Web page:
Simon Humphries, Head of Toyota and Lexus Global Design, Calls for a Revolution of Ideas for Future Automotive Design

8 February 2021

In a new interview with one of the Lexus Design Award judges on the future of automotive design, Simon Humphries, Head of Toyota and Lexus Global Design, believes a revolution of ideas is needed: “When it comes to cars, it is vital that we don’t focus excessively on the cars of the past. We are entering a time when we need to set aside preconceived notions — such as a car being just a means of transport — and move towards a more innovative future.”

When asked what the automobiles of the future will be like, he replies: “The answer no doubt lies in how we respond to the human desire to move freely. Unlike animals, whose movement is driven by basic needs such as food or shelter, humans have the freedom to follow their curiosity and seek out learnings. In this way, the human desire to move is very deep.”

In response to suggestions that automotive design will become commodified if automated driving becomes mainstream, Humphries comments: “.. I don’t agree; in fact, I believe the opposite is true. No user wants the same thing from their vehicle all the time…they might want to commute by car to work on their own; then, at another time, they may want to take the car shopping, or go on a drive with their family. So, it’s better if a vehicle can respond to individuals’ needs in the best way possible. It is not possible to create cars using the same mindset as before. From a market-centric perspective, automotive design needs a revolution of ideas. A long time ago, automotive design had identifiable ‘trends.’ This is no longer the case. Consumers have become incredibly diverse, and markets change with great speed. The key is this: how quickly can we incorporate user needs into our products?”

Explaining his design philosophy, he continues: “The most important aspect of design is to consider the feelings of the user. Next, after coming up with a design that incorporates these considerations, you must be able to explain it clearly in the form of a story. This is why it’s essential for designers to have communication skills. I am always trying to explain what our customers need, and how my design reflects those needs. No matter the design, if you show it to five people, each one will focus on different aspects. In other words, communication is the key to conveying the designer’s intention.”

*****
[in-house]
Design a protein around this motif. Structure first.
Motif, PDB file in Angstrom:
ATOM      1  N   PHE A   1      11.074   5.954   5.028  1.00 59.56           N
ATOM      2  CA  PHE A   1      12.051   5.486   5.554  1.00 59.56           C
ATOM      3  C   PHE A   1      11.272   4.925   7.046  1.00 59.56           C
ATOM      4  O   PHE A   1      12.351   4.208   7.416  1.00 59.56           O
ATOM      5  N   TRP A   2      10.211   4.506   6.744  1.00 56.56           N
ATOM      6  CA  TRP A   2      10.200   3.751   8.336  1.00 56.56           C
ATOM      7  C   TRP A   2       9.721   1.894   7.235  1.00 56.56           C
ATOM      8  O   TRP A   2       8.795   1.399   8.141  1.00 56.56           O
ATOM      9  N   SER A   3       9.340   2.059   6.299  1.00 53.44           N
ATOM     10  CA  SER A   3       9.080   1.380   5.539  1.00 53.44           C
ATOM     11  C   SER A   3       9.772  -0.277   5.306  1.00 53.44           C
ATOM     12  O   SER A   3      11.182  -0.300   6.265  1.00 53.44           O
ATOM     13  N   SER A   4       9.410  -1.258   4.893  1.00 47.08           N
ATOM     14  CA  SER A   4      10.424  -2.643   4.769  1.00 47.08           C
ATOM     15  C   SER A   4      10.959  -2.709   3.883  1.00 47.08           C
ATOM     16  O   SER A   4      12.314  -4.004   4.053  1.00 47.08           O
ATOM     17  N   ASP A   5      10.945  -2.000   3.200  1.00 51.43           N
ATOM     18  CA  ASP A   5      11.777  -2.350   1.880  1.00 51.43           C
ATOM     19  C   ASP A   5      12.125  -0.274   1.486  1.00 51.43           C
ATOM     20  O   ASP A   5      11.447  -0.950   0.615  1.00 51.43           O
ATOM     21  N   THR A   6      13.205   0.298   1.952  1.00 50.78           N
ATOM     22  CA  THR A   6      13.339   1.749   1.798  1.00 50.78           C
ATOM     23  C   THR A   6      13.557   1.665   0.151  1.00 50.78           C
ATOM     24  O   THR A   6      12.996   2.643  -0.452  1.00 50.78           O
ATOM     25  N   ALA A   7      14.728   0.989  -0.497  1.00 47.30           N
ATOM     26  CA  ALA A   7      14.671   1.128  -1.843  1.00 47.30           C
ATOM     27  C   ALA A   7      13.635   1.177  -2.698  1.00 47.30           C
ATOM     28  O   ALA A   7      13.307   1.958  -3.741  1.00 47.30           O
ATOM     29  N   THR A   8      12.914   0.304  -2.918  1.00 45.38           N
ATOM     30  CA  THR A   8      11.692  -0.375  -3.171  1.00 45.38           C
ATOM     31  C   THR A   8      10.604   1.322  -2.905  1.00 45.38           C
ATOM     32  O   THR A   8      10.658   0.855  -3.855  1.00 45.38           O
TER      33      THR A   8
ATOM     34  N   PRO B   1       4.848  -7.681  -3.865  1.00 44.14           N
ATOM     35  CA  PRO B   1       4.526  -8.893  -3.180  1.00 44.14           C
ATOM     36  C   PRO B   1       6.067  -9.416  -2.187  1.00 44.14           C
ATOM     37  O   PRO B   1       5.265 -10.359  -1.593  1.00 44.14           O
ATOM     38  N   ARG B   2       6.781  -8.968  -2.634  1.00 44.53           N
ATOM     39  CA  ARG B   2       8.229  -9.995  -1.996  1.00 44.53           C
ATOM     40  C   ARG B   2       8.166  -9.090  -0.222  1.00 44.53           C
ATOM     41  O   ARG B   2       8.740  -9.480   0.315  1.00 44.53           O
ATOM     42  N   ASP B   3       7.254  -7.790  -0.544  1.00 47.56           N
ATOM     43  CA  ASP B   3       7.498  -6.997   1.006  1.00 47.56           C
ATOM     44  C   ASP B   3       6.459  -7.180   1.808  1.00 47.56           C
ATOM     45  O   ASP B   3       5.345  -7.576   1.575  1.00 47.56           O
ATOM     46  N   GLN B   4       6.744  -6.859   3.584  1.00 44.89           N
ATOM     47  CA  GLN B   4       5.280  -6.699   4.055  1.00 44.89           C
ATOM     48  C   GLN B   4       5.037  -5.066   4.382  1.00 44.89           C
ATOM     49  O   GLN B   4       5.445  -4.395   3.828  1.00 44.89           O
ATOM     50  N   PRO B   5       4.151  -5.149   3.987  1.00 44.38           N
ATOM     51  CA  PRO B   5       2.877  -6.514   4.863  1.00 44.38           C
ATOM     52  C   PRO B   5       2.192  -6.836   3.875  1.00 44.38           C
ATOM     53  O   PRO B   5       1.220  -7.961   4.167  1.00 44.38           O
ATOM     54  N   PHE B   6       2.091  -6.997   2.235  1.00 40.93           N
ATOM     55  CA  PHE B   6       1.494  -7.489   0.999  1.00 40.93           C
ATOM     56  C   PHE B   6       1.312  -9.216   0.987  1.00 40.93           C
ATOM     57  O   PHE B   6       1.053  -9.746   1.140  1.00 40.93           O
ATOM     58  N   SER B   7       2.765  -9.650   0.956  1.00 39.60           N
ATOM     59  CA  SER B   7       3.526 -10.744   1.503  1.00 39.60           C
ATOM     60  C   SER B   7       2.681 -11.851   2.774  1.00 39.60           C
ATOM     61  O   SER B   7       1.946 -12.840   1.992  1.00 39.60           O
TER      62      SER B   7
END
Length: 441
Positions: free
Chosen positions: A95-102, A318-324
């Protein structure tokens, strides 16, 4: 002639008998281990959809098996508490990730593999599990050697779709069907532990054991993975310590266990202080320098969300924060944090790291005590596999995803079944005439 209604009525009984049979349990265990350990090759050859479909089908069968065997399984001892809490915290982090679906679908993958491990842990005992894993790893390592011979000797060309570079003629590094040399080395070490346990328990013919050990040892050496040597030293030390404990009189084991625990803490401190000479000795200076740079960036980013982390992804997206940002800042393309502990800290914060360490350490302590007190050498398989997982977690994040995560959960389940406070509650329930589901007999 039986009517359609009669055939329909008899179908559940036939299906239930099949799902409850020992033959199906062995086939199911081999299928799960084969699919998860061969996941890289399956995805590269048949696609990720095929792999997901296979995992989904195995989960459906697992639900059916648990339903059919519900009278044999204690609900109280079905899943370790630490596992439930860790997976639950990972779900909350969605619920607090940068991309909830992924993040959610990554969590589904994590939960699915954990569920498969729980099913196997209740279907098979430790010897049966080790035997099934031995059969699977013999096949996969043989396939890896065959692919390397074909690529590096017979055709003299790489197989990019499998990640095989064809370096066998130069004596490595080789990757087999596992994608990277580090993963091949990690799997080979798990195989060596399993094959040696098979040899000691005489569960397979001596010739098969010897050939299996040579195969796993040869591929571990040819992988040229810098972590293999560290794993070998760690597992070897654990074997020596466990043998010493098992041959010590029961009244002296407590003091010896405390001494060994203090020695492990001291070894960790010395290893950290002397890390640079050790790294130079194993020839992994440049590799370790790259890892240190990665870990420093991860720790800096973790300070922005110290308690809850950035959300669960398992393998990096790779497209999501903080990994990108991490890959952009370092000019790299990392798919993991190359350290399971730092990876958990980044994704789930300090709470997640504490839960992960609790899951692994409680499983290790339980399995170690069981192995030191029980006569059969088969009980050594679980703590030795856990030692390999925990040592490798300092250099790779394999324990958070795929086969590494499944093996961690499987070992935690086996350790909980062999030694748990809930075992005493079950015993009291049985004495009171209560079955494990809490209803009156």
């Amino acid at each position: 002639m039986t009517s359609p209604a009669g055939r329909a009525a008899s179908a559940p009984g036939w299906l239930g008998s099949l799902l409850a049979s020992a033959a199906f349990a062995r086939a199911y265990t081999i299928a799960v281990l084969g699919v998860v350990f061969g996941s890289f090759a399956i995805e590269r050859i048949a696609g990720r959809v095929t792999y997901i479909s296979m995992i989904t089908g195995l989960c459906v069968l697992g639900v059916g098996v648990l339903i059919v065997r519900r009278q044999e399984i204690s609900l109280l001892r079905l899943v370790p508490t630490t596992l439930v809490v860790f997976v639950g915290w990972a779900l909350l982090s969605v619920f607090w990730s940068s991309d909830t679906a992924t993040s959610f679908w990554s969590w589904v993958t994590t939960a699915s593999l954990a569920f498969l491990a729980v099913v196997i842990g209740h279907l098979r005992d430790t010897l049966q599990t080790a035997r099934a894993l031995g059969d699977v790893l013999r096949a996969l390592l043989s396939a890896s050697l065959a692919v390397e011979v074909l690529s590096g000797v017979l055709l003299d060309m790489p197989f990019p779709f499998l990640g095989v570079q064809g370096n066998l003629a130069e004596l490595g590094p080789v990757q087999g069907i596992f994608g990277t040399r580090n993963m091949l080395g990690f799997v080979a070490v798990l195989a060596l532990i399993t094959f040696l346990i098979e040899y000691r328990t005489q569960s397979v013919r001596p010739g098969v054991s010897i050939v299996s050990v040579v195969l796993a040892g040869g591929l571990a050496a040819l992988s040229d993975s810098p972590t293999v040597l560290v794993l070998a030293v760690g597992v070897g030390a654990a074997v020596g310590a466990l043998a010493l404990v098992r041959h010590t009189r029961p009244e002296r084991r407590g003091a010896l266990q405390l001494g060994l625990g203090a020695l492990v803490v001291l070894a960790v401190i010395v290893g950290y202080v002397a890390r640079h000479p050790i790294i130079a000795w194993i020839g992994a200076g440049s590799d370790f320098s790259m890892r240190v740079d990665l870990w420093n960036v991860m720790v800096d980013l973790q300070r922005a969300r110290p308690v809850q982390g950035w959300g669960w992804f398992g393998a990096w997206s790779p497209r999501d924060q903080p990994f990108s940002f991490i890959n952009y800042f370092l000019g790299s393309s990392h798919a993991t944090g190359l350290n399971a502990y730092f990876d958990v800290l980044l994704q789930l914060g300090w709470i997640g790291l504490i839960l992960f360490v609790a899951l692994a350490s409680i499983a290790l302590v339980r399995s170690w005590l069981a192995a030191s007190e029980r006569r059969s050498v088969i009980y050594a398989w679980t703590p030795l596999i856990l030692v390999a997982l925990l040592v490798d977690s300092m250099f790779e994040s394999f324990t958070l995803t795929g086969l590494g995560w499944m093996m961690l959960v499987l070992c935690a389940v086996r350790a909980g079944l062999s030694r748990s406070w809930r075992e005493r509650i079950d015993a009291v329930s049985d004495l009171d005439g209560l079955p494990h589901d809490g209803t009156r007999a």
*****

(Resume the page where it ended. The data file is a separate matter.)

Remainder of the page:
In the context of the global Covid-19 pandemic, Humphries believes new ideas are needed to respond to issues such as lack of human contact: “For long periods during the recent lockdowns, grandparents couldn’t meet their loved ones. I wondered if someone could develop apps that, for example, make use of haptic feedback, so that when you touch images of people on your tablet, it would feel as though you are actually touching the cheeks of the people on your screen. These kinds of new ideas to meet people’s desires are what designers require now.”

About Simon Humphries

Humphries studied industrial design in the UK and joined Toyota in 1994, since when he has worked on many different car designs. He comments: “Before joining Toyota I hadn’t worked in automotive design at all.  Despite my lack of experience, I was welcomed into the team because of my experience in other fields. This kind of flexibility will be central to Toyota becoming a mobility company.”

In 2020 Humphries became a judge for the Lexus Design Award, an annual international design competition, launched in 2013. The award seeks to discover, nurture, and support up-and-coming designers and creators on the theme of “Design for a Better Tomorrow.”

Humphries comments: “The strength of the Lexus Design Award is that it gives all applicants an equal opportunity, regardless of whether they are professionals or students, or where they are in the world. Today, professional designers are constantly trying new things to make their voices heard. This is a public award, so the winners’ designs become widely known – it’s a huge opportunity for them.”

Six award finalists are selected from the design submissions from around the world and are given the chance to develop their ideas with mentorship from world-renowned creators over a six-month period. Traditionally the announcement of the ultimate Grand Prix winner takes place at a special event held during Milan Design Week in April. Due to the cancellation of this year’s design week, the result was revealed in an online event (click here for more info: Lexus Design Awards Finalists ).


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Simon Humphries, Head of Toyota and Lexus Global Design, Calls for a Revolution of Ideas for Future Automotive Design


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